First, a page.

Wednesday, 3 August 2022

The Day My Boss Multiplied

I was a Personal Assistant, so when my boss doubled him/herself into He/She/They or some such trans-title ... transitioning from one spirit into at least two, I knew there was trouble ahead. The thing is, I was still only one person, and could only run, type, text, email, "facilitate" and "expiate" so fast. 

I knew that two "They" would mean double work for me, but this prediction, naively based on arithmetic (two of her/him needing twice as much assistance by me), actually underestimated the problem. In reality the work was multiplied tenfold.

First, I had to learn a whole new language -- not to become bi-lingual, but half-lingual. Queerspeak has only a tentative relationship to English. And my Oxford English Dictionary wasn't much help. (I keep a large printed copy on my desk; I'm old-fashioned that way.) My boss(es) laugh: "you're so from another age", say They.

Then I had to change the pre-set salutations and signatures on all the printed and online documents and correspondence, which made me wince. (So that's what "triggering" is ...)

Then, there were the logistical problems, as when They wanted to have a meeting about "the office atmosphere". We are part of a larger office. I had to set up a meeting with Them. "How many people will be there," I ask? "Where?" "At the meeting." "Just you and us." "Okay ... so ... how many chairs?" "Two, of course. Yours and ours."

So we met, and talked about atmosphere. "Do you feel un-included and marginalized within our new normativity?" asked They. (Um ... yes.) "Sounds like you may need mental health support." (No, I'm fine ... really ...) "It would help you to Refresh and Reset your intersectionalism! Why haven't you updated your signature yet, using inclusive pronouns?"

"I," said I, straightening my spine, "prefer exclusivity in a pronoun, myself. I mean, like when it excludes the ungrammatical."

"Well that's sounds gas-lightingly colonialist, we must say."

"I bet you must. Did you know that it was in 1792 that William Murdoch invented gas lighting for houses? No, you didn't? Well he did, and that means that when Charlotte Bronte wrote Jane Eyre in 1847 she probably wrote it by gas light ..."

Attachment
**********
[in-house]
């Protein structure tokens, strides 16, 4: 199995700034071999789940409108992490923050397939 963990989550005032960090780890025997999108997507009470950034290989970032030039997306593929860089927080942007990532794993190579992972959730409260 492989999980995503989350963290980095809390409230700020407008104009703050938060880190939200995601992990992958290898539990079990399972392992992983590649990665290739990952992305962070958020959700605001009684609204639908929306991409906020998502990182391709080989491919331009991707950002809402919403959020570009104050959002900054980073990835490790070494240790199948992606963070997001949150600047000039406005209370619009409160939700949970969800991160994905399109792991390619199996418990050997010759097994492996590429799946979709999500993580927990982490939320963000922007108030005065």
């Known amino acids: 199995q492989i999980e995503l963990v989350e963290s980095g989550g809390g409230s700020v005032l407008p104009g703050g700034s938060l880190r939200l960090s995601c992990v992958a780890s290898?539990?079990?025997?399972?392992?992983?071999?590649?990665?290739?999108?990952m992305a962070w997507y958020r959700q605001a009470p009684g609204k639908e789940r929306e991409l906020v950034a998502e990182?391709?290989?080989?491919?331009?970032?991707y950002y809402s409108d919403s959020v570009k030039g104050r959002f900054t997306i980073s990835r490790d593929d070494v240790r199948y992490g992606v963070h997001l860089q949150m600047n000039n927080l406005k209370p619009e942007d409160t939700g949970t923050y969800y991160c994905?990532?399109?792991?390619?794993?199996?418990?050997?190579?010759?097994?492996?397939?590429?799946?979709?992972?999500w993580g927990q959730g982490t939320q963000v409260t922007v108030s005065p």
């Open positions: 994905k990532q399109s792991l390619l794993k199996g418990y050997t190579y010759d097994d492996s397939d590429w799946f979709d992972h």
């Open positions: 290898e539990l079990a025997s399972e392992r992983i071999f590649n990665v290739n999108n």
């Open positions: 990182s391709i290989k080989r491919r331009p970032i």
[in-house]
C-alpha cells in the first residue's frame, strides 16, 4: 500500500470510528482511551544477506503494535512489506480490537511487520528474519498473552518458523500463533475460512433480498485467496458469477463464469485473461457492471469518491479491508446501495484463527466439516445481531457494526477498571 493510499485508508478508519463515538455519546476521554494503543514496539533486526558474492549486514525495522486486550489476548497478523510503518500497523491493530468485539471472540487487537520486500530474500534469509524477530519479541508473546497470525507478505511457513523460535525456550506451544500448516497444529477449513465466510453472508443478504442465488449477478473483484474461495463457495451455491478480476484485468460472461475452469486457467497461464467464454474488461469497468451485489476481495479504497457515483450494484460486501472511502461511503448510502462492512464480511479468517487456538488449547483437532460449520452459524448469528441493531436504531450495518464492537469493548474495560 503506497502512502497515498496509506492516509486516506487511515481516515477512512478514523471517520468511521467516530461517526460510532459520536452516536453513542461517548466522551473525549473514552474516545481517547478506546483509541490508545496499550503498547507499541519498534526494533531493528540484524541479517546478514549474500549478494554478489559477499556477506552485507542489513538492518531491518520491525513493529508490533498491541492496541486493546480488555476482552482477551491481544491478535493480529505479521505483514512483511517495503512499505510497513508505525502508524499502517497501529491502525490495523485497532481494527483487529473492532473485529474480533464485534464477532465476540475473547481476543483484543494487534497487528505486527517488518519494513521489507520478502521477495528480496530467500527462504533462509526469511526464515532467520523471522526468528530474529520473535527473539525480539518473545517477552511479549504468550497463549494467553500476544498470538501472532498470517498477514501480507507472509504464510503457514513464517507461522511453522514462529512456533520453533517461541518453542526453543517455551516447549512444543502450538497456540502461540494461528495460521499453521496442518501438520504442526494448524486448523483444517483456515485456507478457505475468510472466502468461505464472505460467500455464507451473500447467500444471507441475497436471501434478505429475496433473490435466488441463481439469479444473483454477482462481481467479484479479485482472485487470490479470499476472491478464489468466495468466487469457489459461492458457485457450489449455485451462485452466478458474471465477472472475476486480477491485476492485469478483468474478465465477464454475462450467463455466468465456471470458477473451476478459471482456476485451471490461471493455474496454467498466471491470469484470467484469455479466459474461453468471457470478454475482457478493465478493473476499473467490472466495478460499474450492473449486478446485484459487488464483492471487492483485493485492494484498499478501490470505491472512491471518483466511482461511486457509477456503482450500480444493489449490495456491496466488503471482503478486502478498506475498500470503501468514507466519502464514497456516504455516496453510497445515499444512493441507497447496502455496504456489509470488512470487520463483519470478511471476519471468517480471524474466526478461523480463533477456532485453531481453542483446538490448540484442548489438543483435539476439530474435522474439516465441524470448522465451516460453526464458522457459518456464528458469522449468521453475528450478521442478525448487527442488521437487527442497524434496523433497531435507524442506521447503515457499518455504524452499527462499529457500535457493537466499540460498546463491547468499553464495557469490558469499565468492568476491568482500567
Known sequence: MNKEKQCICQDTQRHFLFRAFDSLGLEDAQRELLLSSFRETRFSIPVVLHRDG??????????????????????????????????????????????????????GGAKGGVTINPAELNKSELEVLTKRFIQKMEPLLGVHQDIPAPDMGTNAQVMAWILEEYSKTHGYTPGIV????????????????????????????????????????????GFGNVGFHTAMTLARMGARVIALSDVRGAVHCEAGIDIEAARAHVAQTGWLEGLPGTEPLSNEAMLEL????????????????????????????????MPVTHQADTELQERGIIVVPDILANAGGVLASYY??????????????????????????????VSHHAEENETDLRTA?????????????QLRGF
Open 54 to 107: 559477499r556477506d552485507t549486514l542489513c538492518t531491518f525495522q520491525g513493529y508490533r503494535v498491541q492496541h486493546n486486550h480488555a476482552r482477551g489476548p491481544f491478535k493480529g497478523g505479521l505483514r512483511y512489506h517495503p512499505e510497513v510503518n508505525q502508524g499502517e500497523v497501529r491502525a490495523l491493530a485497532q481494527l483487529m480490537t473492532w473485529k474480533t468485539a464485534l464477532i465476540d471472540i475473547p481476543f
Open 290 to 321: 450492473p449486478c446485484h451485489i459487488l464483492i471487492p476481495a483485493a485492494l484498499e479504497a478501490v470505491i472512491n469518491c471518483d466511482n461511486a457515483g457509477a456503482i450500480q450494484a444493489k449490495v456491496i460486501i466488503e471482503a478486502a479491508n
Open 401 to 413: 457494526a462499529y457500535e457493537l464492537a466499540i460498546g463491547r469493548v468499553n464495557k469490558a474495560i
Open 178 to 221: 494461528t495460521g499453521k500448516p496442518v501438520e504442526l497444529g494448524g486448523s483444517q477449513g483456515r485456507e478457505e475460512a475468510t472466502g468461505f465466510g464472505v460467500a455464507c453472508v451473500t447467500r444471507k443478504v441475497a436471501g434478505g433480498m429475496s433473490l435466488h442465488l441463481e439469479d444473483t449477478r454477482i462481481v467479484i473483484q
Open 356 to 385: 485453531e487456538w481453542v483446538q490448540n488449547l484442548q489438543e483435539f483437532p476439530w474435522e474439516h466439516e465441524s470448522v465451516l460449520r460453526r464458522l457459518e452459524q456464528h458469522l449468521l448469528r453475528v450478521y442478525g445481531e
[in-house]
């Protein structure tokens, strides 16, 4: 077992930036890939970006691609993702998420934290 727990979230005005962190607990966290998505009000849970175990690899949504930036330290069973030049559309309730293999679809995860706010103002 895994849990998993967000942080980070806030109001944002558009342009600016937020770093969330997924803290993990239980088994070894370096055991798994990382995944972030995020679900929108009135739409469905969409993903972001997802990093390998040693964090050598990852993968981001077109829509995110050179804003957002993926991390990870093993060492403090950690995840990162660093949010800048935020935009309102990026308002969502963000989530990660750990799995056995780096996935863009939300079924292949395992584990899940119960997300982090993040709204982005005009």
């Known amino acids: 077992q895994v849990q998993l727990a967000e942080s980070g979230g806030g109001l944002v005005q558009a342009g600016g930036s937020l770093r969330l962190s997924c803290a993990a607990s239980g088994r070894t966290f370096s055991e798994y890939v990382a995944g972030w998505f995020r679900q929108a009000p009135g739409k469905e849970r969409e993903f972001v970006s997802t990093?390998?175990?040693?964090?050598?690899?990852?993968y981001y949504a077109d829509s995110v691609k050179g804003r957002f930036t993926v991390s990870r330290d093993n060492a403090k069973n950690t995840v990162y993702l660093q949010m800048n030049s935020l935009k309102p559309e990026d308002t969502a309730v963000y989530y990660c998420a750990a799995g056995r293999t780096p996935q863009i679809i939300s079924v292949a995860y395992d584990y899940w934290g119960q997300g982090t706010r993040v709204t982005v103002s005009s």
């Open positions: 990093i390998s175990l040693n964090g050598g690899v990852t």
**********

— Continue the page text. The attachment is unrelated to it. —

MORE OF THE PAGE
"Oh. Well, that all sounds pretty colonialist if you ask us, and we don't see what that anti-standpoint-ism has to do with ..."

"... and could you imagine if Charlotte, while finishing her famous novel by gas light, had ended it with 'Reader, I married them' ?"

"Uh ..."

"Why, the whole nature of English Literature would be different!"

"Good! The whole bloody thing should be de-centered and de-platformed."

That was when I adopted the Standpoint that my boss had diversified from any Theory I'd call rational, and I realized I had to get out of there. 

Reader, I Resigned.






Re-discovering the Meaning of Doctrine of Discovery

An "Indigenous Corporate Training" organization says that the "Doctrine of Discovery" is the basis of Canadian Law. This is not true.

First of all: never trust a process called "training" -- sounds too much like molding and grooming. And brainwashing. Secondly, the antecedents of evolution of Law in Canada can be found way back before that Age of Exploration in which Europeans found their way to other continents. Canadian (British-based) law has roots in Celtic and Druidic systems of justice, pre-Anglo-Saxon. Those communities settled disputes in much subtler ways than historians often give them credit for. 

When European explorers discovered that North and South America existed (having previously discovered that the Earth was round, and therefore deciding to sail around it), they found tribes that settled disputes through raids, warfare, and the taking of slaves (a fact which today's commentators are loathe to acknowledge). 

Who has sovereignty over a landscape? First, not humanity; humans live but a moment on a planet billions of years old, a churning cauldron of billions of other species. But our fundamental transitoriness notwithstanding, the practical arrangement is that Government has sovereignty -- and in a democracy a duty to use it in protection of life, liberty and property for all citizens equally.